Atop Santa Fe Baldy, Bruce Gillen reclined against a pile of rocks, listening to the sound of wind whipping across the peak.
As Gillen looked out at layers of mountains stretched across the vast horizon, he took a deep breath. And for just a moment, he said he felt like the only person in the world.
With Independence Day on the horizon, here are four trails within 60 miles of Santa Fe where hikers can escape the high desert heat.
It’s an emotion a lot of people have while outdoors in New Mexico, where trails and parks, rivers and mountainsides remain somewhat sheltered from overuse and abuse. But with the state’s increased focus on promoting outdoor tourism, people such as Gillen say it’s increasingly important to protect the state’s natural spaces from being inundated.
“It’s important that places don’t get overrun,” said Gillen, an Edgewood resident since the 1990s. “We start to wreck it. … There’s a lack of consciousness from people on what it takes to sustain these beautiful places.”
Finding that balance, users and officials agree, won’t be snap-of-the-fingers easy — in part because nearby, outdoors-centric states are experiencing a boom bordering on overload. In 2018, the National Park Service reported more than 318 million visitors. Such visitor headcounts have resulted in vandalism on protected monuments, defecation near precious water sources and congestion on trails.
At the same time, the economic benefits are undeniable, including for New Mexico: The Outdoor Industry Association reports the state’s outdoors produces $9.9 billion in consumer spending and $623 million in state and local tax revenue.
In April, Gov. Michelle Lujan Grisham signed a bill to implement an Outdoor Recreation Division within the state’s Economic Development Department. The new office will support outdoors-related businesses and activities, as well as improve roads and trails used for recreation.
Other states, including neighboring Colorado and Utah, have experienced the ups and downs that come with increased outdoors tourism. And there are signals that some of those same problems are beginning to arise in New Mexico as well.
At Bandelier National Monument near Los Alamos, annual visitation tends to hover around 200,000, said Joanie Budzileni, the monument’s chief of interpretation and visitor services. Despite long lines for restrooms and some congestion on the main loop trail, the number, she said, is “a healthy capacity.”
Moving forward, however, “we’re going to have to address [growth],” she said, noting the canyon lacks room for parking lot expansion and there are limitations on construction for the visitor center, which is a historic building.
“Right now, we ask, ‘How much more can we take?’ ” Budzelini said.
For now, she said, shuttle buses assist with parking issues and locals are encouraged to visit during the winter season so they don’t have to compete with summer crowds.
Meanwhile, at Kasha-Katuwe Tent Rocks National Monument, the Bureau of Land Management website warns of wait times of up to 90 minutes for parking. Even in relatively unknown places like the tiny northeastern New Mexico town of Roy, a surge of climbers have flocked to what Climbing Magazine has dubbed “America’s Great Bouldering Destination.”
While overcrowding is generally rare in New Mexico, Bureau of Land Management spokeswoman Cathy Garber admits “the term ‘love to death’ is an issue for a lot of public spaces.”
She said she hopes the sentiment doesn’t become a reality here.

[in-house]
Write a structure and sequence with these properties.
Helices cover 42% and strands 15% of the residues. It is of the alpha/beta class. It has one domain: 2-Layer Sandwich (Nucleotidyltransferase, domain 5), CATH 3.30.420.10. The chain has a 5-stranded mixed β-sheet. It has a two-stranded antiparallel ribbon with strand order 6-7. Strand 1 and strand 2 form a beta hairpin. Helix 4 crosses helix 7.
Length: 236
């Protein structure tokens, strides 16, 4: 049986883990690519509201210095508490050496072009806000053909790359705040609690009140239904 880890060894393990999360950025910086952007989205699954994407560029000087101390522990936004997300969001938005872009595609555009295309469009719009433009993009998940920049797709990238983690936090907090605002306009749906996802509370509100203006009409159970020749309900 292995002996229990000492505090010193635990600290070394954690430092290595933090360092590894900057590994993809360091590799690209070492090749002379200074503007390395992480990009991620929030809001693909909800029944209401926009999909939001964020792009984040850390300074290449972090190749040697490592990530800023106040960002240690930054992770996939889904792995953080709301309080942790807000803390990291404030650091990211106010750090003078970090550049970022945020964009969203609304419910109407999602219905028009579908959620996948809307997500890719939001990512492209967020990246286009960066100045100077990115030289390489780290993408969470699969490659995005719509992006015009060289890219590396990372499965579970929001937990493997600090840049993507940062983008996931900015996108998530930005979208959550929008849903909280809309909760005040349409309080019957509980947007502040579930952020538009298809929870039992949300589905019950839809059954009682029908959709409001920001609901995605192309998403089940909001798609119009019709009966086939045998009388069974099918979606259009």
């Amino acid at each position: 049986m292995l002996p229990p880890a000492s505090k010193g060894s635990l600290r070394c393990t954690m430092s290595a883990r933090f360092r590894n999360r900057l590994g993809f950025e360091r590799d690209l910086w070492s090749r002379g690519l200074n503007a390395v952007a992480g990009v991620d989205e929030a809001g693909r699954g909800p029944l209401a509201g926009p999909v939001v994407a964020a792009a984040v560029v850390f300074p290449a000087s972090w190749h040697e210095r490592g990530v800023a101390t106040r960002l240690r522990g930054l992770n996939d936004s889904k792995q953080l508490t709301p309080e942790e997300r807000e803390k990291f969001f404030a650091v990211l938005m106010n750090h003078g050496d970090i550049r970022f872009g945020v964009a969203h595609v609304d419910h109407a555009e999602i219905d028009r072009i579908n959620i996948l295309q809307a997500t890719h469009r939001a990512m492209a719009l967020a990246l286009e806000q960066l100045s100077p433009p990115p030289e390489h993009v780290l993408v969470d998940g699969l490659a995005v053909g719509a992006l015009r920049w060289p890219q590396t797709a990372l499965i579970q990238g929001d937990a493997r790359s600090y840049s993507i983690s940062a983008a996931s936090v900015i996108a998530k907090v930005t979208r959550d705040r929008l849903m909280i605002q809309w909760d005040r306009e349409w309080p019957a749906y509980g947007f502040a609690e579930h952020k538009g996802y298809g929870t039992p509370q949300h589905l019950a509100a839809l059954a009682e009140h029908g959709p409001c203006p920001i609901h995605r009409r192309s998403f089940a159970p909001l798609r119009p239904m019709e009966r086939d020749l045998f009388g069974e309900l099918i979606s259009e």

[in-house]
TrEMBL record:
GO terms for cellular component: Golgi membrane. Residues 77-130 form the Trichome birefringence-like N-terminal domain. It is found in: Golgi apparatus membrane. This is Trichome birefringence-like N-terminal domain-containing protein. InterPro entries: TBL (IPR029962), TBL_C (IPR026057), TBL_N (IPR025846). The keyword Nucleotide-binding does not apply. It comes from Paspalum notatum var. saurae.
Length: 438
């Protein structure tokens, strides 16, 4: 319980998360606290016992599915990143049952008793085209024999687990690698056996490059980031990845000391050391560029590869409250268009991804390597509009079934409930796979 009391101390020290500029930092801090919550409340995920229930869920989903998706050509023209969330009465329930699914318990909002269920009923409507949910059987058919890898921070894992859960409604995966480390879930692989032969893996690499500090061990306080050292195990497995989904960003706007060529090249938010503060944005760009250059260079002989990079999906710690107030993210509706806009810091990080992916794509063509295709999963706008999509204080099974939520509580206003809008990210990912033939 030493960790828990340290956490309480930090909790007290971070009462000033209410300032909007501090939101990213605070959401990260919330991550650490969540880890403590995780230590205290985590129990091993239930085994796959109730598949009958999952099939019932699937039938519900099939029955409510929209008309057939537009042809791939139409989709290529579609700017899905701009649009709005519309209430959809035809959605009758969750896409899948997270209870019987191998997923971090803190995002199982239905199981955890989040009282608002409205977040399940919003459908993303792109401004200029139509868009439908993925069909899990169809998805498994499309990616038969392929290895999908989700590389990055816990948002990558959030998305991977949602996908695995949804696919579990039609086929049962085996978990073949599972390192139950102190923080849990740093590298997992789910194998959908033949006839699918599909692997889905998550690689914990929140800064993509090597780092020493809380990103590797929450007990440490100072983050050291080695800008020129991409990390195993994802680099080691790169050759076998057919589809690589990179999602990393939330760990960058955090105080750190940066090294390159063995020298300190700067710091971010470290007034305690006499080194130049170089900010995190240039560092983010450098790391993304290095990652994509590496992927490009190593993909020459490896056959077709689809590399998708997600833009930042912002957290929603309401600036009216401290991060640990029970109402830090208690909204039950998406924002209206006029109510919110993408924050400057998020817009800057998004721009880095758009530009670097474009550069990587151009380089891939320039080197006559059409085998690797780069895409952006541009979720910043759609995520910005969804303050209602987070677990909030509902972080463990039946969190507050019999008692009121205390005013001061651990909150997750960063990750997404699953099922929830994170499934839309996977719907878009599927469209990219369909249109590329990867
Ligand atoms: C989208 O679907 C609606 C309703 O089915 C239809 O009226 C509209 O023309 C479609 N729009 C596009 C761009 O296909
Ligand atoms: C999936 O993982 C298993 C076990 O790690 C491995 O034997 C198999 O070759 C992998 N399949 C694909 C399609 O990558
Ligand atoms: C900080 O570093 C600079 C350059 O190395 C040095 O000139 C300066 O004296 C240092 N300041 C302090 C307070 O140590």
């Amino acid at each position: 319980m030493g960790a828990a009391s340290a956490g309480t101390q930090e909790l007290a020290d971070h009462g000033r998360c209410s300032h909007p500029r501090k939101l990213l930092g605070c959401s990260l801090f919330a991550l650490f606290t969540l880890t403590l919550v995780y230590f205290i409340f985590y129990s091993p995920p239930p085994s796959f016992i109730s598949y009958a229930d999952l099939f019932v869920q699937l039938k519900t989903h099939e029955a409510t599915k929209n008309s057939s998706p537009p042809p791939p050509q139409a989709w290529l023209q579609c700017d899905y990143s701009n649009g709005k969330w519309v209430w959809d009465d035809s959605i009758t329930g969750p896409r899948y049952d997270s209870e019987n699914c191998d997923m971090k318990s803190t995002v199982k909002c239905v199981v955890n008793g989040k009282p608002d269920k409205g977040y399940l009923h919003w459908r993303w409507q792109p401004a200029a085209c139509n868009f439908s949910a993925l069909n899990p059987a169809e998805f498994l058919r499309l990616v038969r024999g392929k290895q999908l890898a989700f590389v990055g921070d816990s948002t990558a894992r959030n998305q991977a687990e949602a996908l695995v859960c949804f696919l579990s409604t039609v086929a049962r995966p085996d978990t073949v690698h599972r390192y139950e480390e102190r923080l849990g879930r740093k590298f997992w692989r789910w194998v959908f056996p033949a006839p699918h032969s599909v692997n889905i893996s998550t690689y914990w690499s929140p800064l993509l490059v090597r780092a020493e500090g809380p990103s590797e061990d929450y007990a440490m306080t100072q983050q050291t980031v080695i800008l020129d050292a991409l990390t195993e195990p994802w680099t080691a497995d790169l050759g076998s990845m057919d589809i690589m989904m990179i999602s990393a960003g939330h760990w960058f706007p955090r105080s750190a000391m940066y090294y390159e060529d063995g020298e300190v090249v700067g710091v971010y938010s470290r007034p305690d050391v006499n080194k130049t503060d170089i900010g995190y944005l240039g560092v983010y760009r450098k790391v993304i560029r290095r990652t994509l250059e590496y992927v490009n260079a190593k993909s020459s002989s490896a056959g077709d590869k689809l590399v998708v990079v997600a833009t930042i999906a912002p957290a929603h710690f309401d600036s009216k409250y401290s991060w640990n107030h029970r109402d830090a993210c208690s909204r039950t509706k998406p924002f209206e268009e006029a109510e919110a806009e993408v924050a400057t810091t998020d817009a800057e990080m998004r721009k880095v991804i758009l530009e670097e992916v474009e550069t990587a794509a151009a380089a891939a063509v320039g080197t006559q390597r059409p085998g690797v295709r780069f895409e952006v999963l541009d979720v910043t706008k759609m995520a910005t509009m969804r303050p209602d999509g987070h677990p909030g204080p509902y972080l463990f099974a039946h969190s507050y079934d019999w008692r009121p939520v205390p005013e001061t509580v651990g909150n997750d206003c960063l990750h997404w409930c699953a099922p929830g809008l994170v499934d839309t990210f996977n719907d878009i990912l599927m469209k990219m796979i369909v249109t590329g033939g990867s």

Still, many locals say they aren’t too concerned.
Robin Abeles, who grew up in Santa Fe, said he’s only seen positive changes in the outdoors scene.
“The access to trails has just blown up,” the 41-year-old mountain biker raved, noting the Dale Ball Trails, for example, did not exist when he was a kid.
While Abeles admits “[overcrowding] is becoming a problem in a lot of places, for sure,” he said the best way to avoid congestion is a continued commitment to expanding trails and providing entry to more undeveloped areas.
James Bond, also a mountain biker in Santa Fe, said that while he’s noticed an increase of cyclists and hikers over the years, he’s never had problems with parking and usually finds solitude.
“Even if it does get crowded,” he said, “that’s a positive sign that more people are getting outside … as long as it’s not abused and is maintained.”
“In my opinion,” he added, “the more the state advocates for these places, the better.”
The state Tourism Department says it plans to produce a collaborative, comprehensive outdoors tourism program by the end of this year — and perhaps as early as this month — but hasn’t outlined specific measures.
As for the Outdoor Recreation Division, spokesman Bruce Krasnow said the first goal will be to assess the Outdoor Industry Association’s data and provide state-created inventory once a director is selected.
According to a preliminary proposal created by economic planner Peter Mitchell, the division will host regional listening sessions with public and private stakeholders and identify ways to allocate resources and minimize risks. Long-term plans could include developing transportation strategies for high-use, high-risk areas and transforming single- or two-season areas into year-round destinations.
Bjorn Fredrickson, a regional National Forest Service employee, said his department has been working with various federal and local agencies on a project titled the Greater Santa Fe Recreation Collaborative, which prioritizes outdoor users’ feedback. The goal of the project, he said, is to “ensure high quality experiences while also accommodating high use of public lands.”
“New Mexico is a huge diverse state, and even in these places that have potential to become notable tourist destinations … there’s a lot of room to roam,” said Fredrickson. “Part of my job is to protect opportunities for solitude.”